Facebook’s Vaccine Fake-News Focuses on HPV

HPV vaccine posts on Facebook often display a negative tone towards people getting the HPV vaccine
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(Vax Before Cancer)

A new survey focused on Facebook posts about human papillomavirus (HPV) vaccines were mostly negative with a frequent focus on barriers to vaccination.

Published on July 8, 2020, these researchers announced they studied more than 6,500 public HPV vaccine-related posts on Facebook over the first 10 years.

Despite the HPV vaccine's reported benefits of preventing multiple cancers and genital warts, Monique Luisi Ph.D., an assistant professor in the Missouri School of Journalism, said in a related press statement, ‘45 percent of the (Facebook) posts she identified displayed a negative tone toward people getting the vaccine.’

The study found barriers to HPV vaccination appeared more often (47.1%) than benefits (19.8%).

As an example, the post with the most engagement (11,000 reactions, 6,100 comments, and 329,000 shares displayed) was anti-HPV vaccine.

In addition, over the course of a decade, Luisi identified a negative trend occurring on Facebook toward how people perceive the vaccine -- including its safety, and whether its use leads to the encouragement of sexual behavior.

The data published on June 15, 2020, showed evidence for forward momentum (Durbin-Watson values) of HPV infection susceptibility (0.004), HPV infection severity (0.426), HPV vaccine benefits (0.297), and barriers to HPV vaccination (0.226) messages, tone (0.690), and the number of reactions (1.589), comments (1.389), and shares (1.340).

"The representation of the HPV vaccine has not only worsened, but negative posts toward the HPV vaccine have received more public engagement, and evidence shows that these negative posts have generated momentum for other related negative posts," Luisi said. 

"It would be one thing if we only saw just the negative information out there.” 

“But there's also negative momentum carried by these posts, and if negative posts are encouraging more people to post other negative content, then we can predict how the conversation is going to go and that people are also being influenced by the messages they see."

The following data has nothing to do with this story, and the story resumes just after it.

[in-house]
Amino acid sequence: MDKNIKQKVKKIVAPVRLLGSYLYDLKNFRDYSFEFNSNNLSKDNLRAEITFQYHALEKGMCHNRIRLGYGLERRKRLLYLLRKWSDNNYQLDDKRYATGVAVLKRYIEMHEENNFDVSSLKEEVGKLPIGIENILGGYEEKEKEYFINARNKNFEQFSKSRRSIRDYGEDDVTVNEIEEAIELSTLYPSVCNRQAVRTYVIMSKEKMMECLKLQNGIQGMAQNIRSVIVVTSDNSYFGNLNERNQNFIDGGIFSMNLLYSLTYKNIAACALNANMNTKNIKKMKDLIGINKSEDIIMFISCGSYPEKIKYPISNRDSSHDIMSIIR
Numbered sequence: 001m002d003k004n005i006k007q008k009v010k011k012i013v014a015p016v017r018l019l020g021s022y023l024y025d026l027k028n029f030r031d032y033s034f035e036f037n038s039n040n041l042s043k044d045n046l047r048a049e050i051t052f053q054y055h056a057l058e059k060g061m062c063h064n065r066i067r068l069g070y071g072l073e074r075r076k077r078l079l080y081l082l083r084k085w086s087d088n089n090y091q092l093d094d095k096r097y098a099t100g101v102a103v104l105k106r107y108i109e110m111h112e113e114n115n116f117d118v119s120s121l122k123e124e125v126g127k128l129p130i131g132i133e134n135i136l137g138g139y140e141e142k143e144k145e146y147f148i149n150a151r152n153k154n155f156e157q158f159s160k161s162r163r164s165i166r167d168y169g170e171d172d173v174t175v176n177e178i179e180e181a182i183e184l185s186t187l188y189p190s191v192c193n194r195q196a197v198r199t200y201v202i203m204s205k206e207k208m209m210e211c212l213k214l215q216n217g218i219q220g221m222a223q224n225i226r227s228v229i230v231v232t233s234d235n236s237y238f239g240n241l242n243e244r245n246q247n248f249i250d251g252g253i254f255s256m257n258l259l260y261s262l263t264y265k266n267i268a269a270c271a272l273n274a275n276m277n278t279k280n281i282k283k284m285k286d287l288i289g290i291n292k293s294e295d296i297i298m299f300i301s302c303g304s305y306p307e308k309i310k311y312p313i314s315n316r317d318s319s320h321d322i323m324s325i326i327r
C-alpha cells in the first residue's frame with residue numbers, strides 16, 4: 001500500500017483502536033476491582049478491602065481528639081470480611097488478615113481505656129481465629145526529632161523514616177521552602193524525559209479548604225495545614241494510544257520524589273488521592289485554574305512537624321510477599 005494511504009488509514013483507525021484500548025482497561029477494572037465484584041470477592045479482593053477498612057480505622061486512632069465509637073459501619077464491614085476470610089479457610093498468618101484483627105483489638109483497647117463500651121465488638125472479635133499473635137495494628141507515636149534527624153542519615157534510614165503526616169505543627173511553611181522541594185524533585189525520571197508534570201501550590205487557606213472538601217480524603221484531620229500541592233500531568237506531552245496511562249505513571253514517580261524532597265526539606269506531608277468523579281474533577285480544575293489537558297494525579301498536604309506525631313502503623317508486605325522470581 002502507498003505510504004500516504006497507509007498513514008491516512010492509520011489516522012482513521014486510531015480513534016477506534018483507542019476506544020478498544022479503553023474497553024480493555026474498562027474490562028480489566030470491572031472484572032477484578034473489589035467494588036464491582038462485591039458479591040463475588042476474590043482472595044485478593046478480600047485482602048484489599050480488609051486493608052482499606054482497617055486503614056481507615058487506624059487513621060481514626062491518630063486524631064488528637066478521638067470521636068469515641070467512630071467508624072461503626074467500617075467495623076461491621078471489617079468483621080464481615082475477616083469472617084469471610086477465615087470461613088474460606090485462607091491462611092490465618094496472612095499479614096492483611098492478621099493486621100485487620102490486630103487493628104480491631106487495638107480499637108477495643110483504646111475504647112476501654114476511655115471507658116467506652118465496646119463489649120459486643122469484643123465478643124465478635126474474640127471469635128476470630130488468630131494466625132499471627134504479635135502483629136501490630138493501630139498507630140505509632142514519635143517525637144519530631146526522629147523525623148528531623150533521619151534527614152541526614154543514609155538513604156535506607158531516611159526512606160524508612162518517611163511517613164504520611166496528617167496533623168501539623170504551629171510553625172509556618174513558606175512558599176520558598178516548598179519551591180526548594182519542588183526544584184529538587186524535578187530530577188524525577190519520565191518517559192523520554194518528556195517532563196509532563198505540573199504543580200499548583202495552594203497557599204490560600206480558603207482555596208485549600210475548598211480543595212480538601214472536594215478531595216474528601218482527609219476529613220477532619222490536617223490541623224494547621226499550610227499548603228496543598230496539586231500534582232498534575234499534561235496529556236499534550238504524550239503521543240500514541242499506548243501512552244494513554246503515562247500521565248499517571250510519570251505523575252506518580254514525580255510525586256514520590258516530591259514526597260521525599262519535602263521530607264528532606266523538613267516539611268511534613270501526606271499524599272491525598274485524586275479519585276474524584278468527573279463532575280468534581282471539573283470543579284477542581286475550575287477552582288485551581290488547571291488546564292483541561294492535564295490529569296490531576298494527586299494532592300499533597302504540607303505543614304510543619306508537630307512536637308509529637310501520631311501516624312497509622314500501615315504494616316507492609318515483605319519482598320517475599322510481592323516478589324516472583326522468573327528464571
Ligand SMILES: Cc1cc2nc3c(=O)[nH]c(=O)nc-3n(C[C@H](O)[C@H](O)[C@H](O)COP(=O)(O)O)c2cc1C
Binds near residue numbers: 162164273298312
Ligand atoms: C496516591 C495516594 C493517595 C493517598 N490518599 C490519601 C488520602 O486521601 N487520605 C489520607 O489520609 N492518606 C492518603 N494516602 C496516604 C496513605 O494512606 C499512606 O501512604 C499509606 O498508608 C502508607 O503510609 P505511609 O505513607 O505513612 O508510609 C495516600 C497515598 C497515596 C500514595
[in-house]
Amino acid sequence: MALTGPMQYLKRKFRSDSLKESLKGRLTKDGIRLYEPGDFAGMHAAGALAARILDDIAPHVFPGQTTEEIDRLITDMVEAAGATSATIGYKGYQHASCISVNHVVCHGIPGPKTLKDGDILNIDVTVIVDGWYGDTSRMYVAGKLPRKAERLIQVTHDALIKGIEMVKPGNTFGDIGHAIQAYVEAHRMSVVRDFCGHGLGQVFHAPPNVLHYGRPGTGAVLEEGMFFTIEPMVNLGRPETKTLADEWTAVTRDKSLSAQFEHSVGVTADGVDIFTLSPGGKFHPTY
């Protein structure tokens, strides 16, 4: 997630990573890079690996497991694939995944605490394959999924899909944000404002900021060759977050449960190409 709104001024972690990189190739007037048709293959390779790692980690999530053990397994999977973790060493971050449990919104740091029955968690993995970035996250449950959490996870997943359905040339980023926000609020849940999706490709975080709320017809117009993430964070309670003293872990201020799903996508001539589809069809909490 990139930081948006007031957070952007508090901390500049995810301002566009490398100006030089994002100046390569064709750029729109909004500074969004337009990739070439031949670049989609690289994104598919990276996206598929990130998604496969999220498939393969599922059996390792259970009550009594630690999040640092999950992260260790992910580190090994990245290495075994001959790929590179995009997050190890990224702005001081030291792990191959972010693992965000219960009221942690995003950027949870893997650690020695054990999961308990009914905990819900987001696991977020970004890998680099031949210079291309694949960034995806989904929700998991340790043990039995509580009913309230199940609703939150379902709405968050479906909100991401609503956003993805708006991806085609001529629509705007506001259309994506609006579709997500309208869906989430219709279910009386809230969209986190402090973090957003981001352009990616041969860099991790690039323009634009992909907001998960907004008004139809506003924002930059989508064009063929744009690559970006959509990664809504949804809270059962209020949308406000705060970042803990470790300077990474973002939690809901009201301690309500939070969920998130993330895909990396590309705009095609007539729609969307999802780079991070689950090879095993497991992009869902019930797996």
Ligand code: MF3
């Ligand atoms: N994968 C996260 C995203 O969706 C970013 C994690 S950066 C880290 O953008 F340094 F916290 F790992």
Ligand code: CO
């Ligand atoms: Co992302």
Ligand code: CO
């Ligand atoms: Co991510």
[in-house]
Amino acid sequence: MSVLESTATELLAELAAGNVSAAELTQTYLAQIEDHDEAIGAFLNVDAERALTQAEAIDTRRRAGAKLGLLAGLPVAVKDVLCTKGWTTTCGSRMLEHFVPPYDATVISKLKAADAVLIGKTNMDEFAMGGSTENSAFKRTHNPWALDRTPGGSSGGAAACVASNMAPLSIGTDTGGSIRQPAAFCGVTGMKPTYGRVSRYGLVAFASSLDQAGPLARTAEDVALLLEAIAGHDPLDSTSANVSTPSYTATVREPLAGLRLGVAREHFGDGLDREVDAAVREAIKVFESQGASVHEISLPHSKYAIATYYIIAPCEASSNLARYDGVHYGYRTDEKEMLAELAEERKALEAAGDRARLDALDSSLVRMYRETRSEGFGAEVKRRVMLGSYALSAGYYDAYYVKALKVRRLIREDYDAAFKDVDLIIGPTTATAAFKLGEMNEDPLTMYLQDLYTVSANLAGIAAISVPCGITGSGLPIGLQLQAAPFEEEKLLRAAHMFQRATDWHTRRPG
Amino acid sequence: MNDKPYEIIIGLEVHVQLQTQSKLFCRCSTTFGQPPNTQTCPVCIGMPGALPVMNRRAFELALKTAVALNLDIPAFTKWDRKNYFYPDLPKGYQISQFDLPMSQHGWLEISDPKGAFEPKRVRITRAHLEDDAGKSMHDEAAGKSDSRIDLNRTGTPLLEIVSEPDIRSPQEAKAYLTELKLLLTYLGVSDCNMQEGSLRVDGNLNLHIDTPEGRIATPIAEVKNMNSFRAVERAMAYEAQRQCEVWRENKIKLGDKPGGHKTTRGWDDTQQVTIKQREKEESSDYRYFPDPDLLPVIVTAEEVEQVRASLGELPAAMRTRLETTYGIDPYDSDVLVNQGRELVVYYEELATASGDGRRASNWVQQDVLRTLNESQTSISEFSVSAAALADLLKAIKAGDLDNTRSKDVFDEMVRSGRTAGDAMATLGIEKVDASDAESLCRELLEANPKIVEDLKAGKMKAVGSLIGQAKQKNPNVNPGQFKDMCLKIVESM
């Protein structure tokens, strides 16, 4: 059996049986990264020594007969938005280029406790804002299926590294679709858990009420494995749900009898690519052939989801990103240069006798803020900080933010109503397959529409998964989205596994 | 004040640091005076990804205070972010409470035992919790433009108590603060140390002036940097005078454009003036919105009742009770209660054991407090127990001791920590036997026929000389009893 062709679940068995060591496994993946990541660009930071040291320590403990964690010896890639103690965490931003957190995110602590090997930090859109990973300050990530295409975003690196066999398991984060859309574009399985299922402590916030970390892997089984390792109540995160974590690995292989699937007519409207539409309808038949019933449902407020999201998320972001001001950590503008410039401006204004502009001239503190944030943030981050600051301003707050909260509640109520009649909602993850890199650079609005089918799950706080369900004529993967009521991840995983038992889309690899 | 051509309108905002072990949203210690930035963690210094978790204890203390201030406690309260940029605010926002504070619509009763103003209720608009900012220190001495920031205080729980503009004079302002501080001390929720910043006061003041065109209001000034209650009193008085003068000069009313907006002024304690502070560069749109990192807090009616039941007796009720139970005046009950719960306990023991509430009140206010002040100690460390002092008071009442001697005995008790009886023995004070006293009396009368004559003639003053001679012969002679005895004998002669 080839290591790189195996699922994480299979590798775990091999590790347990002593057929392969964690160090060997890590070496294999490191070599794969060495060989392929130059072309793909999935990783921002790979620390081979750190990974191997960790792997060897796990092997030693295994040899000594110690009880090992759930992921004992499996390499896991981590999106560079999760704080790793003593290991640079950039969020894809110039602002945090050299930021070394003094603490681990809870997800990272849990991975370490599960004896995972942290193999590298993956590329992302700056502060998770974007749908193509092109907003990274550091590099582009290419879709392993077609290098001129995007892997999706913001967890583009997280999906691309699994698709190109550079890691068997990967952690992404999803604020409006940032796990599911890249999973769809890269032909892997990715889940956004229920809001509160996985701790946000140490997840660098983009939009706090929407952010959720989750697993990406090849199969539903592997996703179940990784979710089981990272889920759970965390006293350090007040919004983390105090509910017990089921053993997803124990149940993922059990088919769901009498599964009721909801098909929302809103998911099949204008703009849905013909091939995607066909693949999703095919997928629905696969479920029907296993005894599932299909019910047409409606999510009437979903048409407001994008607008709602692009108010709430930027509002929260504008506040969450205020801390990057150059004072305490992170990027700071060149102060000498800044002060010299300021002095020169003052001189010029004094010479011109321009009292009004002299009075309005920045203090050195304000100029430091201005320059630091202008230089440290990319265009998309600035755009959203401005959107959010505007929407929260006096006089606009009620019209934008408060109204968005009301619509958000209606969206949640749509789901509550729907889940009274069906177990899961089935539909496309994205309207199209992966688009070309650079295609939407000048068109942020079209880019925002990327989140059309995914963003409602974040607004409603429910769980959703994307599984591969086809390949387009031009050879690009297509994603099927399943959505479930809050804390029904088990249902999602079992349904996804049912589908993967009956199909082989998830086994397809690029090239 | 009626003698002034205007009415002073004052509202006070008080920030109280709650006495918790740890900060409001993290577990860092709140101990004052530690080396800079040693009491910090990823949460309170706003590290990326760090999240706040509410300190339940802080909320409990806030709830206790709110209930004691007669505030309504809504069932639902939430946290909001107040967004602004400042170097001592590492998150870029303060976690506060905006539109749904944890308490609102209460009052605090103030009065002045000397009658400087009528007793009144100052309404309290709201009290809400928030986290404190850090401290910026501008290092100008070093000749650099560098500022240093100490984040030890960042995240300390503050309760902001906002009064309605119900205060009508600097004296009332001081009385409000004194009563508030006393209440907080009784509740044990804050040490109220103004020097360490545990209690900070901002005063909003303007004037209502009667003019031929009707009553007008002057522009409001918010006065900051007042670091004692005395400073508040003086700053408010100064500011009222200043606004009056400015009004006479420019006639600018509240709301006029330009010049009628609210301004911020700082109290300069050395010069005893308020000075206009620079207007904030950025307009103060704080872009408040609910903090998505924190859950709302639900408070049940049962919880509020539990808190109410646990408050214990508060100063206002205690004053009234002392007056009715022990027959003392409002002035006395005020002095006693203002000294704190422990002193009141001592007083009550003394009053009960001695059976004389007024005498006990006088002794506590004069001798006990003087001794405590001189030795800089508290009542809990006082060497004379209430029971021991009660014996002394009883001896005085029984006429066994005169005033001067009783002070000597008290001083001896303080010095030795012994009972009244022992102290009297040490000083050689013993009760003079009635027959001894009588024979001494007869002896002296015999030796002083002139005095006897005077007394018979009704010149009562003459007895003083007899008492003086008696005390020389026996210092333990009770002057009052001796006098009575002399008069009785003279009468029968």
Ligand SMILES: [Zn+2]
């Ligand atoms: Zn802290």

Luisi said her next step for this research will be to study the implications this content has on parents and guardians as decision-makers. She said it's important for people to recognize the power of sharing content on social media.

"People talk about a lot of things on social media," she said. 

"While someone might not be directly involved in a conversation on a particular topic, they still might see that conversation while scrolling through their social media.” 

“Therefore, I think it's important to think about intent when sharing content. Even the simple act of sharing -- intentional or unintentional -- can influence others."

The study, "From bad to worse: The representation of the HPV vaccine Facebook," was published in Vaccine, a journal that publishes content related to the field of vaccinology from various disciplines. Dr. Luisi did not disclose any industry conflicts of interest.

In the USA, there are safe and effective HPV vaccines that can protect males and females against diseases, including cancers, caused by HPV, says the Centers for Disease Control and Prevention (CDC).

HPV is transmitted through intimate skin-to-skin contact. People get HPV by having sex with someone who has the virus.

The HPV vaccine often prescribed is Gardasil 9 consists of HPV proteins, Types 6, 11, 16, 18, 31, 33, 45, 52, and 58. 

Vax-Before-Cancer publishes HPV vaccination news.